Significance: The proposed research is highly significant because instead of the current dogma that alcoholic hepatosteatosis is exclusively due to liver pathology, our novel hypothesis proposes the following complex interactions of adipose tissue, brain and liver: 1. Alcohol leads to increased expression and secretion of the adipokine, leptin in response to which hypothalamus over-expresses the leptin antagonists, the SOCS3 and PTP1B causing leptin resistance. 2. Alcohol-induced over-expressions of neuronal SOCS3 and PTP1B down regulate hepatic PGC11 and lipid oxidizing genes and up regulate PGC12, SREBP1c and lipogenic genes presumably via the relative decrease in SIRT1 and increase in HAT expressions. 3. Furthermore, the inability of leptin to activate AMPK to P04AMPK preserves the active form of ACC, the key enzyme of lipogenic pathway leading to increased lipogenesis. Simultaneously, the active ACC generates more malonyl CoA, a potent inhibitor of CPT1, the rate limiting enzyme of fatty acid oxidation pathway causing decreased lipid oxidation. Thus, alcohol-induced imbalance in brain-adipose axis feedback is responsible for alcoholic hepatosteatosis. Innovation: This application is innovative because of the following reasons: 1. We may discover that alcoholic liver injury is a complex pathogenic process in which the potential integrated actions of increased leptin from adipose tissue leads to hypothalamic over-expression of SOCS3 and PTP1B that adversely affect hepatic lipid oxidizing and lipogenic genes resulting in steatohepatitis. 2. There is a good potential for identifying a novel role for hypothalamic SOCS3 and/or PTP1B in causing alcoholic liver injury. and 3. We may show a novel way by which aberrations in hypothalamic adipose tissue feed-back axis has an impact on alcoholic liver injury. We provide the following data In support of our novel concepts though not in our mouse models: 1. Alcohol increases plasma leptin. 2. Neuronal SOCS3 KO and PTP1B KO mice do not accumulate liver fat even on a high fat diet. 3. Alcohol up regulates hepatic PGC12 and SREBP1c resulting in increased lipid synthesis. 4. Alcohol down regulates hepatic SIRT1 and PGC11 resulting in decreased lipid oxidation. 5. Alcohol up regulates ACC- and down regulates CPT1-mRNA expressions. 6. Alcohol decreases PO4 AMPK and increases acetylSREBP1c.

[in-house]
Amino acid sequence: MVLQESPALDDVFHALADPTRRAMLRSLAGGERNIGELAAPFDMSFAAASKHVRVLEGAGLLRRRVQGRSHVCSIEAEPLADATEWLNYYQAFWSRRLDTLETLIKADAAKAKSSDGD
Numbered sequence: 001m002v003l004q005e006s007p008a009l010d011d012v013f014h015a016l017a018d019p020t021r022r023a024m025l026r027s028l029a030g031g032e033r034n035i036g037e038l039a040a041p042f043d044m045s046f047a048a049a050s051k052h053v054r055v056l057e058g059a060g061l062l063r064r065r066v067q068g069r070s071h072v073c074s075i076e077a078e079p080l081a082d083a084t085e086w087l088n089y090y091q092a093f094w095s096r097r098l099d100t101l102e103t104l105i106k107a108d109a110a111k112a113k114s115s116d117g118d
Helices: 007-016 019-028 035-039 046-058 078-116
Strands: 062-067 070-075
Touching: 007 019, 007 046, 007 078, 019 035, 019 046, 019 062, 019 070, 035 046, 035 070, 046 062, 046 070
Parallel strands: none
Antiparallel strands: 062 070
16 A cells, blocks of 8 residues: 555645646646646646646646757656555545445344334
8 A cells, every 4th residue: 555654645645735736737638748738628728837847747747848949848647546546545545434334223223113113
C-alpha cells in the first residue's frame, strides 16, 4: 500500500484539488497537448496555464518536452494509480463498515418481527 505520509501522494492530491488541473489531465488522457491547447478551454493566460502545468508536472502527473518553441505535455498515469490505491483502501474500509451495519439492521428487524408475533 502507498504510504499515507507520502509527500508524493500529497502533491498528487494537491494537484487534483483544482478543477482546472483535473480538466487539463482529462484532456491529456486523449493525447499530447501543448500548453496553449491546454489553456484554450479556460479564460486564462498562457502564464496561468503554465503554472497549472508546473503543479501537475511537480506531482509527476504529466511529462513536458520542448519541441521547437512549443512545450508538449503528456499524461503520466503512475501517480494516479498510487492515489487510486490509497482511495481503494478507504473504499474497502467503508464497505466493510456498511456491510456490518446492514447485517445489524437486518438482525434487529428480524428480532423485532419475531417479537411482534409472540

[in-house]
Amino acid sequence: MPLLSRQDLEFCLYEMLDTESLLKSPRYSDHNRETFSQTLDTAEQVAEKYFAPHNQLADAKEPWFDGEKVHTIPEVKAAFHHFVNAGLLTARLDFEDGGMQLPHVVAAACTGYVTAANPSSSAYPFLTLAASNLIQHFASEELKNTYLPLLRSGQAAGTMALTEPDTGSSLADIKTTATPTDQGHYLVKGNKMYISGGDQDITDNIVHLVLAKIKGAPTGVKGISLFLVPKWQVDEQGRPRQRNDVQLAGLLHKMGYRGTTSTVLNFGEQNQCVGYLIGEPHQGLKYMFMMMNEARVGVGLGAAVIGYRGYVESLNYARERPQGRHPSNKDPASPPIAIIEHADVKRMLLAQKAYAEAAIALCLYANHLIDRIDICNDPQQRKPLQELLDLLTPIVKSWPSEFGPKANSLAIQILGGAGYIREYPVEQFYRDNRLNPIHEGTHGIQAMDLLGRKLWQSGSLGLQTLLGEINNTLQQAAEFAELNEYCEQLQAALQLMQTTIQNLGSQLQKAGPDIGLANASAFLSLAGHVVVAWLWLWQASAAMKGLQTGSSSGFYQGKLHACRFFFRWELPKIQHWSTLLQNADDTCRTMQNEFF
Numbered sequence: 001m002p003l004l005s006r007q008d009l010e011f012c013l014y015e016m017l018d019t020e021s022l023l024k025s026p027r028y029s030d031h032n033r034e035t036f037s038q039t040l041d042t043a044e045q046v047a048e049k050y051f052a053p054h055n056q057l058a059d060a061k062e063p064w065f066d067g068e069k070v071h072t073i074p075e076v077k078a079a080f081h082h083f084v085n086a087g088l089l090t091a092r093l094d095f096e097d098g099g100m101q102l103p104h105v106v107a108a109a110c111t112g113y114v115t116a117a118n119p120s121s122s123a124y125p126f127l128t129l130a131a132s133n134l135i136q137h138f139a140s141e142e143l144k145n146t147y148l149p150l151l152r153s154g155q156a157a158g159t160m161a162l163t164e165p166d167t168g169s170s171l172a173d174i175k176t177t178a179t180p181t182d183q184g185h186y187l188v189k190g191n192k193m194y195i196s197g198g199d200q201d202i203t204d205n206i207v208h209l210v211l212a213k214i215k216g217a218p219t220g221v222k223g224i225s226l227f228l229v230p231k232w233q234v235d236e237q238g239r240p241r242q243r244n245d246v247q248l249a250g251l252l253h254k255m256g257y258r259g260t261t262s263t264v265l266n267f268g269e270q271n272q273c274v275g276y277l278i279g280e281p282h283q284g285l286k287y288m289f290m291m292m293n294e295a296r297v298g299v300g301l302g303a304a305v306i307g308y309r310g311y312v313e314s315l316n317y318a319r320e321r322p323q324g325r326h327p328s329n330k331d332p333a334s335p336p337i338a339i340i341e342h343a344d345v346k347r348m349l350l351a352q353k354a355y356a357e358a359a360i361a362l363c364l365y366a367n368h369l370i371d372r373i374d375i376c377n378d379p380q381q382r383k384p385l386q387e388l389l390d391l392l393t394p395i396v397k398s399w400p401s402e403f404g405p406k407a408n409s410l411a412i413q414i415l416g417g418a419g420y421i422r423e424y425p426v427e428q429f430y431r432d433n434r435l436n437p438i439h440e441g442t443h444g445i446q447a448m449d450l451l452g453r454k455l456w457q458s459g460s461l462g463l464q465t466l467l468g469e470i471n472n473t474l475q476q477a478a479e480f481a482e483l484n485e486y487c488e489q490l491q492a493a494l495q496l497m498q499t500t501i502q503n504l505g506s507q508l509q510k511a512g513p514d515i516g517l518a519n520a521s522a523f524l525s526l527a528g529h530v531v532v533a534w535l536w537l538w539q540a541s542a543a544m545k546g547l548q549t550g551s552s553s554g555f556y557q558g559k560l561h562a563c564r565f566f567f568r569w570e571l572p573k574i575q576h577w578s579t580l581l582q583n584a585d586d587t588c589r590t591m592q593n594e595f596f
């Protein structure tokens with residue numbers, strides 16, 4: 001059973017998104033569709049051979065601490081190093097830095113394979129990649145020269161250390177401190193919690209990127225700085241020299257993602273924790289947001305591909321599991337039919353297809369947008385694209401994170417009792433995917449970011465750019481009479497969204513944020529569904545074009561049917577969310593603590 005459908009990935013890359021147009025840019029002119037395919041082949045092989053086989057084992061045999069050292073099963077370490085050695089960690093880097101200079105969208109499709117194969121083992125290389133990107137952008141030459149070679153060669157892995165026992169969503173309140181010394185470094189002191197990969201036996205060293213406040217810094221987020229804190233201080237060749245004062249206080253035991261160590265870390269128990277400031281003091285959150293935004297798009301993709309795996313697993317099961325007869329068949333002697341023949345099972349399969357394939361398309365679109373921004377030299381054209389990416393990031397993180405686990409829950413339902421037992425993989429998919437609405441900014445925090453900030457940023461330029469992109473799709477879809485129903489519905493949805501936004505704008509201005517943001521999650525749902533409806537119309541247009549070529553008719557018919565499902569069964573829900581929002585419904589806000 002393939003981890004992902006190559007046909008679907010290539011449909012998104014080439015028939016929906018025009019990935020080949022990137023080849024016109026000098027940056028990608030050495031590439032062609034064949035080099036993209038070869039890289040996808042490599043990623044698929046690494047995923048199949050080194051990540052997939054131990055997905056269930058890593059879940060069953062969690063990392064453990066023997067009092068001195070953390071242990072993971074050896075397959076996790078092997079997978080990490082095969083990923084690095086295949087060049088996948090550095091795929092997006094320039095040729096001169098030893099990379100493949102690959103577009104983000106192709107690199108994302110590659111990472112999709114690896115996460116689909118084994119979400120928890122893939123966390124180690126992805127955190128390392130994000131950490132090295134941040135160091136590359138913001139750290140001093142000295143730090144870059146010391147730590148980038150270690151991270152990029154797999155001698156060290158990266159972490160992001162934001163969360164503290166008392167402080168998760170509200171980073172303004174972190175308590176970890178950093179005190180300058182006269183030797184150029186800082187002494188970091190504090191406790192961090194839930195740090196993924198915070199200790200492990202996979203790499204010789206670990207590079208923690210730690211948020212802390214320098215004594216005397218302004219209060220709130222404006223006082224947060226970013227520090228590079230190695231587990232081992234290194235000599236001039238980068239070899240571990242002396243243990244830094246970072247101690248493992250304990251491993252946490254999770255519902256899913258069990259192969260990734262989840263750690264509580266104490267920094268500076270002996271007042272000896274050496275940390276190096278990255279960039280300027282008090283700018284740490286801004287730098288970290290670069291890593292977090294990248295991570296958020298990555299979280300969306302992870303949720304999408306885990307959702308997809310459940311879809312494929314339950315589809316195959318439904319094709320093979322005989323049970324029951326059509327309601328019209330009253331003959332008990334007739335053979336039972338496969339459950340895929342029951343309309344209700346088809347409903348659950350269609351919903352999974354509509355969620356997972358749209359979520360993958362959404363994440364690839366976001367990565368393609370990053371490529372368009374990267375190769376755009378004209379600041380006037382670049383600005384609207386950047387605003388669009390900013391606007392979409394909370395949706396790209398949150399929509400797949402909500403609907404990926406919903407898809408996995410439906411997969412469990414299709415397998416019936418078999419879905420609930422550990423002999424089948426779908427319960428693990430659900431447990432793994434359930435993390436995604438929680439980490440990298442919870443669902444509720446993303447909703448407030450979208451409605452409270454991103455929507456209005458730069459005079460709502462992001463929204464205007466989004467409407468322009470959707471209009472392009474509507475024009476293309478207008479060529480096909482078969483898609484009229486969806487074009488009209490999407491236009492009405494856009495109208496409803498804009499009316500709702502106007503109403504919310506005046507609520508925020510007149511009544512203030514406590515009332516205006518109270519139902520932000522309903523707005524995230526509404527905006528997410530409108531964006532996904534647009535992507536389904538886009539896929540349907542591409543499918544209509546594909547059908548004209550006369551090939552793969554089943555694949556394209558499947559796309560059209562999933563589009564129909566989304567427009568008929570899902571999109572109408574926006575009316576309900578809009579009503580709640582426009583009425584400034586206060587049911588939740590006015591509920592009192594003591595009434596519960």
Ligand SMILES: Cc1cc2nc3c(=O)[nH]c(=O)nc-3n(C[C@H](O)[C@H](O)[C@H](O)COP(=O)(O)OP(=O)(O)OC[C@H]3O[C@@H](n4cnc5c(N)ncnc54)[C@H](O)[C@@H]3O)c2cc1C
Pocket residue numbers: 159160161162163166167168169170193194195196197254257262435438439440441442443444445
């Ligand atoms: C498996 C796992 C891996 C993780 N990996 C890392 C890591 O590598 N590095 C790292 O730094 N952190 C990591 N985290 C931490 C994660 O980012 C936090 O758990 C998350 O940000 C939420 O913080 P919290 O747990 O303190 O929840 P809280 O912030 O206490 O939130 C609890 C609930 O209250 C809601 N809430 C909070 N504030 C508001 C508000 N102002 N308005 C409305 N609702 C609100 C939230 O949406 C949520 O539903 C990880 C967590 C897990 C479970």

Specific Aims : Our two aims to address the complex action of alcohol are:
Aim 1. Does chronic ethanol up regulate adipose leptin mRNA/protein and plasma leptin with concomitant increase in hypothalamic SOCS3/ PTP1B mRNAs and their corresponding proteins in wild-type mice? Aim 2. Are neuronal SOCS3 KO and/or PTP1B KO mice protected from chronic alcoholic hepatosteatosis? If so, do the underlying mechanisms involve down regulation of PGC12, SREBP1c, and ACC and/or up regulation of SIRT1, PGC11, and CPT1? Reemphasis of Proposal's Innovation: The novelty of this proposal aims to show that alcohol-induced interactions of brain SOCS3/PTP1B-adipose-leptin axis feedback adversely affect hepatic lipid oxidizing and lipogenic genes leading to alcoholic hepatosteatosis. This may lead to novel therapeutic approaches.

Public Health Relevance

We propose to delineate the possible mechanism/s of how the pathogenesis of alcoholic hepatosteatosis involves a complex series of interactions between adipose tissue and brain adversely affect hepatic fat oxidizing and fat synthesizing genes. This may lead to novel therapeutic approaches.

National Institute of Health (NIH)
National Institute on Alcohol Abuse and Alcoholism (NIAAA)
Exploratory/Developmental Grants (R21)
Project #
Application #
Study Section
Special Emphasis Panel (ZAA1-JJ (01))
Program Officer
Radaeva, Svetlana
Project Start
Project End
Budget Start
Budget End
Support Year
Fiscal Year
Total Cost
Indirect Cost
George Washington University
Schools of Medicine
United States
Zip Code